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  • Results 1 to 19 of 19

    Thread: New pond owner, first time water test

    1. #1
      littlefishgal's Avatar
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      New pond owner, first time water test

      Ok so I made my pond last September and the fish did ok in winter but now that it's hot out i can tell in fish behavior in having some issues.
      I have about 1200 gallons, one large koi and 8 small ones ( ya I know too much ) .I have noticed them flashing jumping and twitching fin so today I dosed with 4oz of microbe lift broad spectrum disease treatment and also tested my water so my question is what am I doing wrong with my pond . Also I've got 2 UV pumps 13w running and they have a sponge on top of it so it collects stuff .I don't have a fancy bottom drain or anything but I'm sure people can keep koi without it ?
      Here are my test results ,
      Phos. 1.0
      pH 8 .5-9 ish . Really deep blue on the API drops kit..
      Ammonia 0.5
      Nit 0.25
      Is there anything i can do or am I going to have to reduce fish load ? My parents are going to yell at me so I need to convince them that somehow we got too excited and picked too many

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    2. #2
      dragonfly1976 is online now Senior Member
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      What do you have for filtration? How much are you feeding? You will need a mechanical filter to take out the debris, waste, etc. You will also need some biological filtration to house good bacteria also. Having 9 koi in 1200 gallons is probably over taxing your filter system already. Koi are big waste producers, and without proper filtration, you will have to cut your stock way down. That’s probably what you didn’t want to hear.

    3. #3
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      it's basically these two submersible pump that have a UV that connects to the pump, and the sponge is on top the collects algea and stuff . I tried adding beneficial bacteria to jumpstart our colony , but perhaps it is just too heavy a load in our size pond ..I will attach a link to the pumps we found on eBay .. it is also really hot in Georgia ..upper 70s to 90 F I feed 2 times a day a probiotic koi food from blue ridge koi company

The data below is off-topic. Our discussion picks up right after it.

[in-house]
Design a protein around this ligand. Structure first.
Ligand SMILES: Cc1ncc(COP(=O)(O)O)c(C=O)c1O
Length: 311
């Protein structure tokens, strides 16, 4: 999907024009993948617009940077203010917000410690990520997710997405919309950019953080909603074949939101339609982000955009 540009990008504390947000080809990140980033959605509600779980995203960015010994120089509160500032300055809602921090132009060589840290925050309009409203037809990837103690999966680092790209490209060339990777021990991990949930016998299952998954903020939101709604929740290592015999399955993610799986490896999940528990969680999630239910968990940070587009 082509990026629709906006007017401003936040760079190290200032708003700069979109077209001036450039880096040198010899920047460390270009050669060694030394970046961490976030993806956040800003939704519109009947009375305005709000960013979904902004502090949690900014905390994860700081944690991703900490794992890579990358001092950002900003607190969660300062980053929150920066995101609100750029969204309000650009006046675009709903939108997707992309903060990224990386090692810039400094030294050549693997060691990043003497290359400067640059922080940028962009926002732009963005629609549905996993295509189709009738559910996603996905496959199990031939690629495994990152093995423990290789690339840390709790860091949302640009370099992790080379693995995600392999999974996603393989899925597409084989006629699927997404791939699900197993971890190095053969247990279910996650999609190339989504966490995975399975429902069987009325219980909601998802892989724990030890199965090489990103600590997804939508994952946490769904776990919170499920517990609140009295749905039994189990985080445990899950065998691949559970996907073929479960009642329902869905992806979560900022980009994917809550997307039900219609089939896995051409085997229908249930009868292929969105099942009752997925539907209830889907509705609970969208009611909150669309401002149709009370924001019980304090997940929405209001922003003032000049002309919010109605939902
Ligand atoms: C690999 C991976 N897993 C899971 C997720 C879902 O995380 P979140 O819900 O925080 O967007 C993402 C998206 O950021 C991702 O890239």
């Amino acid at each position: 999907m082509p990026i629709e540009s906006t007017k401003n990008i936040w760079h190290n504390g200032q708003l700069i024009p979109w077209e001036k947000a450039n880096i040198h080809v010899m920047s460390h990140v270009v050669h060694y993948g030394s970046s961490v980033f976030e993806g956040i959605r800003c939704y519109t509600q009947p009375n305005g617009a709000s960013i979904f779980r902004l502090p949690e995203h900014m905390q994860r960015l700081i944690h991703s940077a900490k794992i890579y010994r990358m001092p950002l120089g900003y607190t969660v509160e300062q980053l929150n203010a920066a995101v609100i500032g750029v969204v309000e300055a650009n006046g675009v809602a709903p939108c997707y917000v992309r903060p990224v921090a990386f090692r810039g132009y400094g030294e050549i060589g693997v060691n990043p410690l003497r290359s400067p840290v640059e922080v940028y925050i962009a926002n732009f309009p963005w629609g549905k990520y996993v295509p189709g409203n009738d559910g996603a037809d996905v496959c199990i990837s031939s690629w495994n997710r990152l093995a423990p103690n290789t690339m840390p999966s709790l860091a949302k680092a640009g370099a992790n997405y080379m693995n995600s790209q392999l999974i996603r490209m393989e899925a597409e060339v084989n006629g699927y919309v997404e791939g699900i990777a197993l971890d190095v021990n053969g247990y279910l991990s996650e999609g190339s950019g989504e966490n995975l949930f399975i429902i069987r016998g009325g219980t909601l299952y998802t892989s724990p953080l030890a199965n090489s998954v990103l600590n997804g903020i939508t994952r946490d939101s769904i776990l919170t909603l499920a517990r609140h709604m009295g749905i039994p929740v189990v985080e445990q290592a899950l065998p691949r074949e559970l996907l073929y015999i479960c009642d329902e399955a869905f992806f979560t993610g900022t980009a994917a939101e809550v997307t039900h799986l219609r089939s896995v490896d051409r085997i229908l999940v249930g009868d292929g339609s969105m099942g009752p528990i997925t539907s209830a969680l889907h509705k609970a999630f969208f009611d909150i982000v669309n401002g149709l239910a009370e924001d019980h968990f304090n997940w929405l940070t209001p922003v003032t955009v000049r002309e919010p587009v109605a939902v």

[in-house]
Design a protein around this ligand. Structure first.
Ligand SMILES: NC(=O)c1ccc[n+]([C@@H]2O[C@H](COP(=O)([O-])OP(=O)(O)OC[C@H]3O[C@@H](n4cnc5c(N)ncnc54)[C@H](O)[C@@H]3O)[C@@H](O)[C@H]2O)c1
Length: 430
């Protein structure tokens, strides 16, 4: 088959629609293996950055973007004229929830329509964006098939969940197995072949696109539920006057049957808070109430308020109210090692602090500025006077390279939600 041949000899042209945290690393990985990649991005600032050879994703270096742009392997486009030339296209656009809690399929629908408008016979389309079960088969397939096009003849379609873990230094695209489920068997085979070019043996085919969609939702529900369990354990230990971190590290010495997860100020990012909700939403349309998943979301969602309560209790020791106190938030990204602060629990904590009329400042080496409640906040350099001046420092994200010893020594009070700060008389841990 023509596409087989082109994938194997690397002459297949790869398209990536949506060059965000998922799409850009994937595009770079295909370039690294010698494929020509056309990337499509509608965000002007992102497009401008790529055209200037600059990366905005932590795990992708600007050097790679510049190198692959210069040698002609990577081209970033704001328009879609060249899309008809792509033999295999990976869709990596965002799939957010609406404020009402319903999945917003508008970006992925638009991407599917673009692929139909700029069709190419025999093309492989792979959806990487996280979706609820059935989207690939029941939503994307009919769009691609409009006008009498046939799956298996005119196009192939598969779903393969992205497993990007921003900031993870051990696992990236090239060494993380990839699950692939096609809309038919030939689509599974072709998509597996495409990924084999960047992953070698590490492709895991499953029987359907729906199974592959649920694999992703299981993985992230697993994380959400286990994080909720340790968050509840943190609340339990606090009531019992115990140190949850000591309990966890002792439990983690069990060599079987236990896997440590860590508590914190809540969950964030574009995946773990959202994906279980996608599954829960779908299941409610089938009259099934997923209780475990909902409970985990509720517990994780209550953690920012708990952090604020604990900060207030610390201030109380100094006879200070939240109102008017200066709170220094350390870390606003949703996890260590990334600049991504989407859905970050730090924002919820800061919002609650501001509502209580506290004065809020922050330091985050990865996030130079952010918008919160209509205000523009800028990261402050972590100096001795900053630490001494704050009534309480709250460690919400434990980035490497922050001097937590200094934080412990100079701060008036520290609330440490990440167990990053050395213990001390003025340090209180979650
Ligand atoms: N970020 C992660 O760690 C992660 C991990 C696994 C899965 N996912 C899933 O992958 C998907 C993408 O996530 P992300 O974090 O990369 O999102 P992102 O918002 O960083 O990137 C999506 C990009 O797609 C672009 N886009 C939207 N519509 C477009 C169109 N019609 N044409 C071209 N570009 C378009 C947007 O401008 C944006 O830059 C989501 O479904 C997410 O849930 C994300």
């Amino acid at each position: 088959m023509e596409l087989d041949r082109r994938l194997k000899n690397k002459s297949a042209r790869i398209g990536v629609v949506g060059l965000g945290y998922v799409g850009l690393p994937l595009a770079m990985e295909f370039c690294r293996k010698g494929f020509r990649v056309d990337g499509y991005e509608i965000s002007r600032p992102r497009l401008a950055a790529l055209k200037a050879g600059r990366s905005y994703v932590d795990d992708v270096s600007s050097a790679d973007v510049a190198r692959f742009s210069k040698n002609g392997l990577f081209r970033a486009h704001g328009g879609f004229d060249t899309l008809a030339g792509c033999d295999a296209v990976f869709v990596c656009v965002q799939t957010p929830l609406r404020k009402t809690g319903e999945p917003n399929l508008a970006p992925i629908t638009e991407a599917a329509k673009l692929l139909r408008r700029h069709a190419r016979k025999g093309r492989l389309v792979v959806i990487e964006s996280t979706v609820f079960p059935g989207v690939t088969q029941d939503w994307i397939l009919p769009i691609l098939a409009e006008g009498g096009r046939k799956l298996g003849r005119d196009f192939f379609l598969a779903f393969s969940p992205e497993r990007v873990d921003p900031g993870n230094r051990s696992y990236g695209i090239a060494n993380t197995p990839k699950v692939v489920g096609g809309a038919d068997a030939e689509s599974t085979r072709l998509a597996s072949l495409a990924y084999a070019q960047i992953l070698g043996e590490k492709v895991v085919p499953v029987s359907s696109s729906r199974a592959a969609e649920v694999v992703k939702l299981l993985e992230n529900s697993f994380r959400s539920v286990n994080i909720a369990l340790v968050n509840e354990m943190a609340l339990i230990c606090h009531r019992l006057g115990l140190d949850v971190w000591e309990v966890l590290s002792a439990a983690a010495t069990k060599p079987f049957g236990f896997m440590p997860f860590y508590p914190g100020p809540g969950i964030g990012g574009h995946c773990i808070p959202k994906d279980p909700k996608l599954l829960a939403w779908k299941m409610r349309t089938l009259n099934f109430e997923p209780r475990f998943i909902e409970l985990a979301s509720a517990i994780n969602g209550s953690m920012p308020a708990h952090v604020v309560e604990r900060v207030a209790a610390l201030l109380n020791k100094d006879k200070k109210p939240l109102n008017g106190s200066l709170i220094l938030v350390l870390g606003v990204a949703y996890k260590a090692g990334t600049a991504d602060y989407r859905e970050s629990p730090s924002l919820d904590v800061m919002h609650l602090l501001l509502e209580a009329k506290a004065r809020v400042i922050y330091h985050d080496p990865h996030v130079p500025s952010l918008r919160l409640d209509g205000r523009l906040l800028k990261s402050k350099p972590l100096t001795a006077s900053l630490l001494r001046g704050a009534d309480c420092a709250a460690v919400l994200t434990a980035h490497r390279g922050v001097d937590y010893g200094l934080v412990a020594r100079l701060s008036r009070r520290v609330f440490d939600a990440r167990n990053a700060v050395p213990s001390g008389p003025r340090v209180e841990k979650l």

https://www.ebay.com/p/All-in-One-Po...d=262048370253

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      Without a place for the bacteria to colonize, adding any beneficial bacteria does nothing to help with the conversion of the ammonia that is produced by the koi. With those filters and 9 koi, you are very seriously under filtered. Both of those running might work with a couple small goldfish in your pond. I would suspect that they are irritated by the amount of ammonia in the water. Daily water changes of 10-20% might help for now, (must dechlorinate water) , and cut back feeding, but your system is not even close to adequate and the koi will suffer as a result. Check out the library on the forum to look for filtration ideas. Many can be built DIY instead of bought to save money.

    5. #5
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      Side note... don't worry about phosphate. There's little you can do about whatever the number is.
      Your pH reading sounds like you may have the "wide range" test. A much more accurate one is the "high range"
      pH test that API sells which is more in tune to what we normally see in our ponds.

      Do you have rocks in the bottom of the pond?
      Like has been said, no food until your pond can try and catch up with ammonia and nitrite.
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    6. #6
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      I do not have any rocks at the bottom , I didn't even think of adding those ..I know people add for aquariums.. you think rocks would be a benefit for me ??

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    7. #7
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      Quote Originally Posted by littlefishgal View Post
      I do not have any rocks at the bottom , I didn't even think of adding those ..I know people add for aquariums.. you think rocks would be a benefit for me ??

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      Sorry, no. Rocks on a koi pond bottom is a disaster imo. Just checking.
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    8. #8
      koi4u2c is online now Senior Member
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      No, do not add any rocks.

      The sponge you mentioned, is it just attached to the pumps? If so that is to prevent the pumps from getting clogged by debris, and they are too small to perform any filtration. It sounds like you have no filtration at all.
      Nancy



    9. #9